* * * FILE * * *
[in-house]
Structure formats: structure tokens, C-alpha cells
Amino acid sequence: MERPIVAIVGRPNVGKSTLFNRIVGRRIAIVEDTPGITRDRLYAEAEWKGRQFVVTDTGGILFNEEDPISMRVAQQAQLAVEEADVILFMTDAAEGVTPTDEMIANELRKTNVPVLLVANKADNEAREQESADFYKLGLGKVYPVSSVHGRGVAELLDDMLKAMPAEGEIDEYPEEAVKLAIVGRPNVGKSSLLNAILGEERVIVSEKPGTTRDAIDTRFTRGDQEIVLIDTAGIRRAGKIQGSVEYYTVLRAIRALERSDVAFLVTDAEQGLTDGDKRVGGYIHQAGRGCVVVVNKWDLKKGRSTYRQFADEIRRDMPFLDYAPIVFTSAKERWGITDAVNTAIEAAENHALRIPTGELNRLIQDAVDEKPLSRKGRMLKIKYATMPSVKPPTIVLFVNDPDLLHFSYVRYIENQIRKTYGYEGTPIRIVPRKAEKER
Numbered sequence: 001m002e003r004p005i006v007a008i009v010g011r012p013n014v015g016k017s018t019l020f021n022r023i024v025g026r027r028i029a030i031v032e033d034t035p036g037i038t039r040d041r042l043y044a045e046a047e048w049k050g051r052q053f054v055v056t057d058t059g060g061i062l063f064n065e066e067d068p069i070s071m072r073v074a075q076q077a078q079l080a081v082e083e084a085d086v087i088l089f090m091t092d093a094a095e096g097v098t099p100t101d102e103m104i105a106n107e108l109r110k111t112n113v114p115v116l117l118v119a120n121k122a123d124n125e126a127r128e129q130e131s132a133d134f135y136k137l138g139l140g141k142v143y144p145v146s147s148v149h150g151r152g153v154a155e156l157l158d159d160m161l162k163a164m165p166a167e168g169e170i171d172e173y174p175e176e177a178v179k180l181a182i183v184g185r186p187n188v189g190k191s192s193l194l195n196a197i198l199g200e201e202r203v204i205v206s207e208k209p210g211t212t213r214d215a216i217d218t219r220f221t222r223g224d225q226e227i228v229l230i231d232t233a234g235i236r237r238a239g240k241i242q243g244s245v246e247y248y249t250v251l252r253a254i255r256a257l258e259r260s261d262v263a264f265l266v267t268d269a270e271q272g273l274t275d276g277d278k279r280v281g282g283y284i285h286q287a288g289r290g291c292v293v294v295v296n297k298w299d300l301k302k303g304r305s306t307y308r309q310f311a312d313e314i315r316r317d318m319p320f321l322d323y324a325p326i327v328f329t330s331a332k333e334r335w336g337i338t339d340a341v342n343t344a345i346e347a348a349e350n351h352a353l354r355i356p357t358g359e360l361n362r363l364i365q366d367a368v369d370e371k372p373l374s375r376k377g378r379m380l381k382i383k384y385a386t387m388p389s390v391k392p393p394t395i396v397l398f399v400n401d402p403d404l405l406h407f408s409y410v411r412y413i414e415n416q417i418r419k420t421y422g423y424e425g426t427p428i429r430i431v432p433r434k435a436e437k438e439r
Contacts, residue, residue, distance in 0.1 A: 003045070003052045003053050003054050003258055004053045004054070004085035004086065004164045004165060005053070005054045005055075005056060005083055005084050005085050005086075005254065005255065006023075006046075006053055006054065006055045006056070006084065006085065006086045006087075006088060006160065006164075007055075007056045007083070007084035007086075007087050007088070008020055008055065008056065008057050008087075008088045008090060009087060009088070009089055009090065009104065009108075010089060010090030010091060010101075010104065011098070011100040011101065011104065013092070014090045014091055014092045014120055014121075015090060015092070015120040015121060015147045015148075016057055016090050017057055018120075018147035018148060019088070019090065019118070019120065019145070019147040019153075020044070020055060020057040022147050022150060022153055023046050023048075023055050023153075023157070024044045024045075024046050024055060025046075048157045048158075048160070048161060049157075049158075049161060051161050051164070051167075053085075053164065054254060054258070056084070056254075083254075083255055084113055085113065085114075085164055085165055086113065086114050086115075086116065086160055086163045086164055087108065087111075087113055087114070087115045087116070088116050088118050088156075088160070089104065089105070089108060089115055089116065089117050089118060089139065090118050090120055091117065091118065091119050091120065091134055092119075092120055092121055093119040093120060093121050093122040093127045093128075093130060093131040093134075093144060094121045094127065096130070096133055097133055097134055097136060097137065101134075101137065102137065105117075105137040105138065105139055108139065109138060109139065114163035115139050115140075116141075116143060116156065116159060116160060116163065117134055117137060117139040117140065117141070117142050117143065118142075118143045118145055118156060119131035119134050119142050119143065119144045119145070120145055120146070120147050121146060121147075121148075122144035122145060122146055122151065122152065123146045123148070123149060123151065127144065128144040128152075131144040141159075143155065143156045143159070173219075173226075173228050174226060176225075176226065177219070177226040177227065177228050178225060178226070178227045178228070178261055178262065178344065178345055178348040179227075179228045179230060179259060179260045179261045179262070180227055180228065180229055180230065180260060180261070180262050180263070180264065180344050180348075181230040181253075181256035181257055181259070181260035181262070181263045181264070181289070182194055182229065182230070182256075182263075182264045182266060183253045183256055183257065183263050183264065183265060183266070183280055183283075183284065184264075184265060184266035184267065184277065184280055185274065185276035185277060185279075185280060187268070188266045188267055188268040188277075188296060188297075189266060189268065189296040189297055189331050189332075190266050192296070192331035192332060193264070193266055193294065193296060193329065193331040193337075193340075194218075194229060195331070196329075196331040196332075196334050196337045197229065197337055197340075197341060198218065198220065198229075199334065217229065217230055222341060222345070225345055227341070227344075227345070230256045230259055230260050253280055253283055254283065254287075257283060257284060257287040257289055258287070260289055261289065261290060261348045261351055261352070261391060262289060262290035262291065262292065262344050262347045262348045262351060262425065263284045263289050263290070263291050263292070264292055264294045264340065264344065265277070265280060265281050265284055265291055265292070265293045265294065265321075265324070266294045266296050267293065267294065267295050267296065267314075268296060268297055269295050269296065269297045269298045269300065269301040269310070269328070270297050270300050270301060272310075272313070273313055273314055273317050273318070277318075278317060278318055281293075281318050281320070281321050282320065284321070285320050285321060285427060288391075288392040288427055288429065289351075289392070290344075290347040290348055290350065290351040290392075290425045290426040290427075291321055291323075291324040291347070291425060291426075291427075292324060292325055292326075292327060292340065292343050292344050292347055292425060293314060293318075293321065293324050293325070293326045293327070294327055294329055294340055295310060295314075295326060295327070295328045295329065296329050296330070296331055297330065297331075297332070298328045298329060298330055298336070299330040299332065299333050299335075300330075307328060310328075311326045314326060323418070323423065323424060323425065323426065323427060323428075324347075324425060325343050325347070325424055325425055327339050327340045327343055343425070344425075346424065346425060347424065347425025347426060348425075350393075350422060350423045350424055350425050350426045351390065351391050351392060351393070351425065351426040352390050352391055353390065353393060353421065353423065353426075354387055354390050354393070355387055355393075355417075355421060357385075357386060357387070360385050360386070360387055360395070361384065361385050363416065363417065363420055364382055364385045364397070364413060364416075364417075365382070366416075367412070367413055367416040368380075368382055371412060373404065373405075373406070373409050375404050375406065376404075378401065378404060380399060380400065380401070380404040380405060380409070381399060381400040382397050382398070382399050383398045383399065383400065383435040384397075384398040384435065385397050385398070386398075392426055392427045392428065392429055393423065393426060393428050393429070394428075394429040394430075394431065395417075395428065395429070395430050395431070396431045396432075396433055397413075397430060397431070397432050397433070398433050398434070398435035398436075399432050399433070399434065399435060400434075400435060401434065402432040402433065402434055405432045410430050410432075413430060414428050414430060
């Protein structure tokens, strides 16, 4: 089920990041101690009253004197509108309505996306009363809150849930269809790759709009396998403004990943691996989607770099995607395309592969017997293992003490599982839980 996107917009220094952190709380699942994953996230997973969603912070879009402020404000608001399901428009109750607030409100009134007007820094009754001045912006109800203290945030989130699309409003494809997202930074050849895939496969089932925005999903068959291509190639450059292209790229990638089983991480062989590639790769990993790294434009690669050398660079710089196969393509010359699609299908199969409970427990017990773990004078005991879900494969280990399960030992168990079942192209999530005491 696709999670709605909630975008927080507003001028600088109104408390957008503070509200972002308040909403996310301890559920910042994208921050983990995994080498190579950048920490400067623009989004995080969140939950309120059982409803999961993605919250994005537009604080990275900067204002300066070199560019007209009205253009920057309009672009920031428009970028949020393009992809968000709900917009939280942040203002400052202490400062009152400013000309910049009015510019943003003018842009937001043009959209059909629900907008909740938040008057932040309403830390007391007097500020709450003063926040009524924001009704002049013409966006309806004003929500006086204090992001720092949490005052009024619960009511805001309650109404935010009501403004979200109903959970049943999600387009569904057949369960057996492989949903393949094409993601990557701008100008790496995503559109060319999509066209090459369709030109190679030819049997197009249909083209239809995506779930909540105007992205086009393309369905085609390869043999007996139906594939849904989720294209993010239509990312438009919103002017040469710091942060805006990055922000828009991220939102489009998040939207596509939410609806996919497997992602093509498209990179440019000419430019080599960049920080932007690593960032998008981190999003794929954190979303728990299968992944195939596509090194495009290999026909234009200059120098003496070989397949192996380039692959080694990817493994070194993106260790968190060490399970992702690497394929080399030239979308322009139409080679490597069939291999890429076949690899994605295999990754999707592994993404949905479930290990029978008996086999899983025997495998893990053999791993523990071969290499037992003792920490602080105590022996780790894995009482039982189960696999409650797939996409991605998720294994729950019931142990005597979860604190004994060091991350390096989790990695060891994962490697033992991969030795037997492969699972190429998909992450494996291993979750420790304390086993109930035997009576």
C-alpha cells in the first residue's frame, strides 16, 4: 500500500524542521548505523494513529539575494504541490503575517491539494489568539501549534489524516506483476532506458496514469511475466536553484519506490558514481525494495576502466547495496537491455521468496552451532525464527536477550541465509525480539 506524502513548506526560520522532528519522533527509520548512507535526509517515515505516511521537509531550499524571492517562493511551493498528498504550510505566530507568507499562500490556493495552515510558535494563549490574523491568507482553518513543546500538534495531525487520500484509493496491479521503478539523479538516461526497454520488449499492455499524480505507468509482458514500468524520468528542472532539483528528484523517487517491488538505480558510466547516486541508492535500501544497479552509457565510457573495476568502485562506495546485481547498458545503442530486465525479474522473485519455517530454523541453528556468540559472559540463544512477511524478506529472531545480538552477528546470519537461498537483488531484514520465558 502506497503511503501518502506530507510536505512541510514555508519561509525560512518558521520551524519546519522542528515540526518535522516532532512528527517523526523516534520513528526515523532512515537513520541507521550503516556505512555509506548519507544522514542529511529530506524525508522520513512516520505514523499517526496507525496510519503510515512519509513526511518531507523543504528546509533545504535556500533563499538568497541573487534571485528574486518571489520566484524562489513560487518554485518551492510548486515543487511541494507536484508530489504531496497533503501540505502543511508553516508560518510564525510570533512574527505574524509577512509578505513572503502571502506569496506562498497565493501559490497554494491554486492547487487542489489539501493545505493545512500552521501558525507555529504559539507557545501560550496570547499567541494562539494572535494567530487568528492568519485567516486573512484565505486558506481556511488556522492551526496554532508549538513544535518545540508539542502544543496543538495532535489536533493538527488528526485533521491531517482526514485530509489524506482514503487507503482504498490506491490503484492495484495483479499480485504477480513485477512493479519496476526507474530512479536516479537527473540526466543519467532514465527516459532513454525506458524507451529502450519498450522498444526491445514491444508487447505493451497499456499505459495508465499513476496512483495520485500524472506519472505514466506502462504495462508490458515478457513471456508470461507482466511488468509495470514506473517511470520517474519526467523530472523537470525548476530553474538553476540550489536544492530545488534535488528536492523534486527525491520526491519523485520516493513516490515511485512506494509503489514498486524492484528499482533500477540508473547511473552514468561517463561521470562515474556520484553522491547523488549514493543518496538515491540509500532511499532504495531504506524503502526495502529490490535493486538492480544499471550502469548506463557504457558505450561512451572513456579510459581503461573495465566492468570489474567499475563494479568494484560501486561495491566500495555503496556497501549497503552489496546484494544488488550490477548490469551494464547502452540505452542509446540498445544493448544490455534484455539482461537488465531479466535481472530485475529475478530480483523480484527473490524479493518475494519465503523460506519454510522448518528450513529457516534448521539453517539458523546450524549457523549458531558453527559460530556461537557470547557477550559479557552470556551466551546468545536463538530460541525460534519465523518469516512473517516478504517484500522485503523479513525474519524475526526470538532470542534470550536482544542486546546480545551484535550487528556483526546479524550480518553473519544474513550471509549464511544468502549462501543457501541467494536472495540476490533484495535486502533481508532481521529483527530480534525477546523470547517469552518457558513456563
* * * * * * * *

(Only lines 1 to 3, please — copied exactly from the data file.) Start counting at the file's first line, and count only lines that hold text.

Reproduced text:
[in-house]
Structure formats: structure tokens, C-alpha cells
Amino acid sequence: MERPIVAIVGRPNVGKSTLFNRIVGRRIAIVEDTPGITRDRLYAEAEWKGRQFVVTDTGGILFNEEDPISMRVAQQAQLAVEEADVILFMTDAAEGVTPTDEMIANELRKTNVPVLLVANKADNEAREQESADFYKLGLGKVYPVSSVHGRGVAELLDDMLKAMPAEGEIDEYPEEAVKLAIVGRPNVGKSSLLNAILGEERVIVSEKPGTTRDAIDTRFTRGDQEIVLIDTAGIRRAGKIQGSVEYYTVLRAIRALERSDVAFLVTDAEQGLTDGDKRVGGYIHQAGRGCVVVVNKWDLKKGRSTYRQFADEIRRDMPFLDYAPIVFTSAKERWGITDAVNTAIEAAENHALRIPTGELNRLIQDAVDEKPLSRKGRMLKIKYATMPSVKPPTIVLFVNDPDLLHFSYVRYIENQIRKTYGYEGTPIRIVPRKAEKER